Discover more from The UXR's Annotations
How many UX research jobs should I apply to? How many will turn into interviews?
Plus six other questions you've had about UXR interviews
Job seeking can be an uncertain, and sometimes anxiety-producing journey. Naturally, candidates have many questions about the process, what’s normal, and what to expect.
Since sharing our findings1 on UXR job interviews and hiring processes we’ve been fielding many questions. Folks are clearly passionate and interested in this topic, and we appreciate the enthusiastic response. In this issue, we will expand on our answers to some common questions.
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What are the most common ways to find UXR jobs? Which are the most effective?
In our research, we see that LinkedIn and job boards produce the most job leads, while referrals yield the highest quality leads.
LinkedIn is the primary resource for the vast majority of job-seekers due to its ease of use and networking features. Job boards like Indeed are also frequently used, but secondary to LinkedIn.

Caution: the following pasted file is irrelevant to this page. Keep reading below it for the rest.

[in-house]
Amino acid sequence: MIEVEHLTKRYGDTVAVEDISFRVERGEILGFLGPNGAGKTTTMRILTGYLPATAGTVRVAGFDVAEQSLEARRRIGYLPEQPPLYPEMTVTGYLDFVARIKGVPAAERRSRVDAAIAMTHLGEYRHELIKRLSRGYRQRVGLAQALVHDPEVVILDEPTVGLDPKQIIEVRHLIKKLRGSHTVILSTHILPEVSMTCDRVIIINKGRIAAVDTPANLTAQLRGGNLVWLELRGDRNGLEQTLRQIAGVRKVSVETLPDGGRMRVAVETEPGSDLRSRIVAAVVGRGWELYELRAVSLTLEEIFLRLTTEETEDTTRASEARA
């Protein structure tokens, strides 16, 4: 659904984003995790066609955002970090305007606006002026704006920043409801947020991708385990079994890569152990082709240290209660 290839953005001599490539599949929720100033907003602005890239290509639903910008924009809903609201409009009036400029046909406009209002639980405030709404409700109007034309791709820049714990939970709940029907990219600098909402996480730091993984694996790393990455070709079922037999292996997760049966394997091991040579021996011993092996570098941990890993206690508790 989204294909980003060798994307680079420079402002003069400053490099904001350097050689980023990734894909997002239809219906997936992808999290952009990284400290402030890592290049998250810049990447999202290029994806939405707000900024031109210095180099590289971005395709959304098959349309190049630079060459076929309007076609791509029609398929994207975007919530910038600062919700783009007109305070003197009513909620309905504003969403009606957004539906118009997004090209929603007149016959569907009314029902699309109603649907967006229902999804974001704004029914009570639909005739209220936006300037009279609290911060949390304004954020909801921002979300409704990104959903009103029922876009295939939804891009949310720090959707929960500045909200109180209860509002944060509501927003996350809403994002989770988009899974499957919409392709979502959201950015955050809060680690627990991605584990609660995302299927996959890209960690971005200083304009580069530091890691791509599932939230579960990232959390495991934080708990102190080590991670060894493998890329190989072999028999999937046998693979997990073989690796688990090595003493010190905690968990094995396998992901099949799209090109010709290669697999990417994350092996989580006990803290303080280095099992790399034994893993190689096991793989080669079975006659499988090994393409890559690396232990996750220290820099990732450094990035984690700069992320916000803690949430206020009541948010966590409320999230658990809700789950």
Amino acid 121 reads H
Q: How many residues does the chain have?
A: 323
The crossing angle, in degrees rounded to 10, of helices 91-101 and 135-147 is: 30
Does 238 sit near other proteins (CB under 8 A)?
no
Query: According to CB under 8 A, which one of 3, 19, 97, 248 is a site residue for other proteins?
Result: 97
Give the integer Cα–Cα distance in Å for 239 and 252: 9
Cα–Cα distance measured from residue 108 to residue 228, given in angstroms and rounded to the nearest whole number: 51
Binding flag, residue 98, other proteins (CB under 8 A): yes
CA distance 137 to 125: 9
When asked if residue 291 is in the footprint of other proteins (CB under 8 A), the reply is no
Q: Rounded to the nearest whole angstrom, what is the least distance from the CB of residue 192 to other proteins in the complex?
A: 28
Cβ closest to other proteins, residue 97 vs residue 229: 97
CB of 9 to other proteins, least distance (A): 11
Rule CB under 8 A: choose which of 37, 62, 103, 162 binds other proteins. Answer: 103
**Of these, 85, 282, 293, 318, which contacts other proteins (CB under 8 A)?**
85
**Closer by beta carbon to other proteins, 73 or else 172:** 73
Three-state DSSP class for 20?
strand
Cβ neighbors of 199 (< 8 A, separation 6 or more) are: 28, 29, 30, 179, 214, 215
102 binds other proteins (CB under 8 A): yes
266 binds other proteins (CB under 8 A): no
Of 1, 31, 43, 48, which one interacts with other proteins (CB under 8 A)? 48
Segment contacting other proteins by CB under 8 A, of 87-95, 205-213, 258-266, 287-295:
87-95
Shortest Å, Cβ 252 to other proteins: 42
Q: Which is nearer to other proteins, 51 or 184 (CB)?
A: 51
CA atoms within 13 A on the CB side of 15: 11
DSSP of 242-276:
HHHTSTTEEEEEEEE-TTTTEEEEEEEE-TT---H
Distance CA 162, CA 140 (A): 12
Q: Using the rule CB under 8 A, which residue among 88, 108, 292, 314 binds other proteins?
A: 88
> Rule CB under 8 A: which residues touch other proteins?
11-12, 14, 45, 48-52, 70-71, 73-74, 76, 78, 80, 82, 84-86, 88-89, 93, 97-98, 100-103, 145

Referrals, although infrequent, are the most effective way to find high-quality job leads. Industry stats show they may be up to 4x more likely to be hired, and tend to stay in roles longer than non-referred hires.
“The best way to get your resume seen is to have that referral from somebody…to network and know people” -Job-seeking participant
Participants rarely visited company career pages. This was the least common form of job searching and was usually reserved for one to three companies on a target list.
If you’re looking for UX jobs, LinkedIn and sites like Indeed will be a useful go-to for finding openings, but the best way to increase your chances of landing interviews is to leverage your connections. This is a great reminder that we should all be networking frequently.
“I think networking is the most important thing for people if they're trying to get into UX or find their new UX role.” -Job-seeking participant
What key information do job-seekers look for in UXR job descriptions?
Job-seekers expressed dissatisfaction with the generic nature of job descriptions — because of this, several have developed the habit of not thoroughly reading JDs. As one participant put it, “I'm not really reading the job descriptions a whole lot because I feel like they all say the same thing.”